Sotheby’s Reveals Rock Legend Freddie Mercury’s Private World, Indian Roots

LONDON: Hordes of eager fans have lined up for days lately outside Sotheby’s in London in a scene reminiscent of a rock concert — not to witness iconic British band Queen’s charismatic anchorman Freddie Mercury’s electrifying stage presence, but for an exclusive glimpse into the private world of the legend.

Mary Austin, his ex-girlfriend and soulmate, has made a decision to auction off the contents of his Garden Lodge home in Kensington, a treasure trove left to her in his will. Mary, now in her 70s, has decided to keep the house that hadn’t changed for three decades since Mercury’s passing in 1991, aged 45.
Inside Sotheby’s, a 16,000-sq-foot gallery space has been transformed into a never-before-seen exhibition. Walking through the exhibition preceding the auction, scheduled for September 6, is akin to taking a tour through the various stages of Mercury’s life.

His antique furniture, dazzling cat suits, well-worn sneakers, the iconic silver snake bracelet, cat ornaments and photos, his grand piano, hand-written manuscripts, and even his Tiffany moustache comb are on display, like relics from a bygone era of rock royalty. Each item, whether it’s one of his signature jackets, his regal crown and cloak, or the vibrant kimonos, tells a story of flamboyant fashion that only Mercury could pull off with such flair.

Yet, what’s striking is the limited Indian influence in his collection. Despite his Indian roots, Mercury rarely spoke about his heritage in public. Born as Farrokh Bulsara to Indian Parsi parents in Zanzibar, his connection to India was a deeply personal one. He changed his name from Farrokh to Freddie whilst at school in India, and he officially became Freddie Mercury in 1971.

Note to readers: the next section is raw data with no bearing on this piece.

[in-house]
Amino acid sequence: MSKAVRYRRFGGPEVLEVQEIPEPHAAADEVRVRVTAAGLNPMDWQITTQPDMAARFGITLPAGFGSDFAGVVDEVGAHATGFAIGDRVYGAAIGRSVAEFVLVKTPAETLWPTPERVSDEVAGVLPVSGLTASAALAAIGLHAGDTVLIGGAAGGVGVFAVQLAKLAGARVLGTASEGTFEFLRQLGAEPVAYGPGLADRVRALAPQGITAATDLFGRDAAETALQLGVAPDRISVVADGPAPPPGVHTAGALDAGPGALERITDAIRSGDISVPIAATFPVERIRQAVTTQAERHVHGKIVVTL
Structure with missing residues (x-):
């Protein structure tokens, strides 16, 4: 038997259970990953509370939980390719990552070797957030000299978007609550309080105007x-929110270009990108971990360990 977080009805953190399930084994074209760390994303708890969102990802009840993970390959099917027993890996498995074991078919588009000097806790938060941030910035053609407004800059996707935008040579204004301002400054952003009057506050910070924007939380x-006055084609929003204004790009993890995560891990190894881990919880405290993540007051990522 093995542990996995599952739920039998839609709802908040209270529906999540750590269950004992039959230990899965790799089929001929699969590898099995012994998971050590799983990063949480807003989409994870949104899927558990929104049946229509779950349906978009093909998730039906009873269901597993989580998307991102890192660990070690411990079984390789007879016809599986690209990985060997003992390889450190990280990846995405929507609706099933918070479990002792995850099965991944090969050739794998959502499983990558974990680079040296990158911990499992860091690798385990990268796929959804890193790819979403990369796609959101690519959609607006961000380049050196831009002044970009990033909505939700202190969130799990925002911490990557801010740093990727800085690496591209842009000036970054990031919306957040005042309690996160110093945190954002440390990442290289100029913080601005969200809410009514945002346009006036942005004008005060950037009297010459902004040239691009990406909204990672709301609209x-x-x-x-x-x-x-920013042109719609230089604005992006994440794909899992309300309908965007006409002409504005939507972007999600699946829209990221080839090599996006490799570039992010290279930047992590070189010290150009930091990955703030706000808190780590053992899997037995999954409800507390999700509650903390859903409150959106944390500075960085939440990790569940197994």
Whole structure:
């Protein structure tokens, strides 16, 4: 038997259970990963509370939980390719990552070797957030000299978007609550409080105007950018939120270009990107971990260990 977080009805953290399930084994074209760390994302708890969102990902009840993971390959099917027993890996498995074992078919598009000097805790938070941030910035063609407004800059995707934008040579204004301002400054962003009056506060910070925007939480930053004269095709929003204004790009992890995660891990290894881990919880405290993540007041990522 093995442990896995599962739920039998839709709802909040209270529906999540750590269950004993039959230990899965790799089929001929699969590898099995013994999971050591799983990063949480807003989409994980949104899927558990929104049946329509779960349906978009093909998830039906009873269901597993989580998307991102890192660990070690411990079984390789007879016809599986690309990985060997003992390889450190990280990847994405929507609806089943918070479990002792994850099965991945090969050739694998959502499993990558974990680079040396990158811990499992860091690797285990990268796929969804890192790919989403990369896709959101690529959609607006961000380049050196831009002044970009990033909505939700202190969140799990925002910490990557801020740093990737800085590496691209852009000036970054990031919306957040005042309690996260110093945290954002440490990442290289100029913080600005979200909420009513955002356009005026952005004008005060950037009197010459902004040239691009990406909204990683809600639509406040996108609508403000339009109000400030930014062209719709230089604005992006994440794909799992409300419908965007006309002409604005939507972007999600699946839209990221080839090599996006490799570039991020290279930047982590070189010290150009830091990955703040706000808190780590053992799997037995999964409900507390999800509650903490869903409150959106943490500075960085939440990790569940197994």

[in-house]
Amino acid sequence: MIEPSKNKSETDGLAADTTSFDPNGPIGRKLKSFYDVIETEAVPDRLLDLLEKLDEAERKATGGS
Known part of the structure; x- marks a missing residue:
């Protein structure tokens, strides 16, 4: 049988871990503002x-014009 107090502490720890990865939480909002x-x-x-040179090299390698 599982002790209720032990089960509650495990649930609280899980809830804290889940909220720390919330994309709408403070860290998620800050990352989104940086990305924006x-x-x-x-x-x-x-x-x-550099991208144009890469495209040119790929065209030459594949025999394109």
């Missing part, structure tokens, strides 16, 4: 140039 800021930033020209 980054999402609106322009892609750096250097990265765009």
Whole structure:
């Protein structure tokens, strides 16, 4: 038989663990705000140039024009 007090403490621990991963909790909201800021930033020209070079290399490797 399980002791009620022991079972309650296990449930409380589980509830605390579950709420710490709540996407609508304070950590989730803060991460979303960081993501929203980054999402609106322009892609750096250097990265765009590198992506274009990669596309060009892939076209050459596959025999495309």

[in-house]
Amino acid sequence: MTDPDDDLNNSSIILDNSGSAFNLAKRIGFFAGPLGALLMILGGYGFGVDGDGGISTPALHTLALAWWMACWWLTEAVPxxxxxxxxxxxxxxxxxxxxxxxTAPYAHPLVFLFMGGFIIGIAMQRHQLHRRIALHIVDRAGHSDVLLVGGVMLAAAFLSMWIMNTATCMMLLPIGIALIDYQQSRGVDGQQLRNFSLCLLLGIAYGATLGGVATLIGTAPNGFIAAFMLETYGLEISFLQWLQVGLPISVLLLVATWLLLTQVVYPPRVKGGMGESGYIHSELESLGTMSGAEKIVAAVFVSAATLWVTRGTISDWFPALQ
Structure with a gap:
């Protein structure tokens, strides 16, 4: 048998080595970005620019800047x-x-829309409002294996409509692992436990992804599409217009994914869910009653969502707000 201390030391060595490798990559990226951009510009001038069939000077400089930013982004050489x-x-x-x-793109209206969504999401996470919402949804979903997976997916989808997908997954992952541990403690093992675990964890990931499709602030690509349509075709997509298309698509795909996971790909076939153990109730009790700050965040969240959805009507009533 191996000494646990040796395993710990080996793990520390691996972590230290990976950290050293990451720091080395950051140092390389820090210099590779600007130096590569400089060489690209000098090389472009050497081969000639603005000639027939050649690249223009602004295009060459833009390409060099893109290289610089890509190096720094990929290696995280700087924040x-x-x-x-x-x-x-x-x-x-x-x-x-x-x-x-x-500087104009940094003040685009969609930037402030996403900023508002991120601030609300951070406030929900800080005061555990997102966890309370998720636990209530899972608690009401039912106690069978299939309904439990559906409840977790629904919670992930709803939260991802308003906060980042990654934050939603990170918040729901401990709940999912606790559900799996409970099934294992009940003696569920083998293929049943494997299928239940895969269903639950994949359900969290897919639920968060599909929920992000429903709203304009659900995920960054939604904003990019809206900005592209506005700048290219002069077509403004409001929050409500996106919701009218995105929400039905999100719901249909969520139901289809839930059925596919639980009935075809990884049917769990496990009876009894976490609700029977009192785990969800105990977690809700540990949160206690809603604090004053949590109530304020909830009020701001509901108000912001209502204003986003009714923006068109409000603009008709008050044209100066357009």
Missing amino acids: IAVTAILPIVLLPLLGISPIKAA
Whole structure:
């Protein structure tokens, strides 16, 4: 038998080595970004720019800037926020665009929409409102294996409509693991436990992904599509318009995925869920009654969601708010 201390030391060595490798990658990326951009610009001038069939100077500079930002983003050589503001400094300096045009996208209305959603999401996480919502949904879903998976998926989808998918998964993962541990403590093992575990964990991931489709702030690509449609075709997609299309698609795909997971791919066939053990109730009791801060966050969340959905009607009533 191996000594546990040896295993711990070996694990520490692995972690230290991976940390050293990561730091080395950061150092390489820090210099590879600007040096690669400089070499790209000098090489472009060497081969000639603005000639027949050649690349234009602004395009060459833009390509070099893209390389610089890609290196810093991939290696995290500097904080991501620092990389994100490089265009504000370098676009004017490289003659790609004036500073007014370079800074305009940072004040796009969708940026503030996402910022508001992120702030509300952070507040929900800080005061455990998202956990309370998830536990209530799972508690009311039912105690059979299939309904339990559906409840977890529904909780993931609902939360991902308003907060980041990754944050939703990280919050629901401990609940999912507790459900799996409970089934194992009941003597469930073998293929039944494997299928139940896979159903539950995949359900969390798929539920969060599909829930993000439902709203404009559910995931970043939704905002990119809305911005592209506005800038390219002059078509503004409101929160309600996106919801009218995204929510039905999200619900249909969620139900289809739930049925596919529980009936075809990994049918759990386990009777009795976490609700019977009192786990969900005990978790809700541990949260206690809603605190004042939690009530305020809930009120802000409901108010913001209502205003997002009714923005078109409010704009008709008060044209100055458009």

One intriguing aspect of Mercury’s collection is his late fascination with Indian art. Seven months before his death, he acquired three Indian paintings, including a 16th-century miniature with an estimated bidding price of around Rs 50 lakh. The framed illustrated folio from the third Akbarnama by Indian artist Khem, depicts a prince on horseback. It is believed to have been commissioned by Humayun’s wife Hamida Banu Begum.

The other Indian items on display are a small silver pot from Kashmir and a silver cigar case containing Para-Grams by Paramahansa Yogananda, which was gifted to him by sixties pop star Dave Clark.

Sotheby’s specialist in Indian art, Rukmani Rathore, speculated that Mercury’s connection to his Indian-Persian heritage may have deepened as he grappled with his terminal illness. There are Arabic and Persian words in the anthemic “Bohemian Rhapsody”, but India didn’t play a huge part in Mercury’s life until the very end when he probably tried to connect with his roots, Rathore said.
The Sotheby’s restaurant pays homage to Mercury’s tastes with a menu featuring his favourite dishes, like “akoori” (Indian scrambled eggs) and tandoori lamb chops, linking his musical journey to his culinary preferences. The Story Café, adorned with cat wallpaper and photos of Mercury with his beloved 11 cats, provides an intimate glimpse into his personal life.

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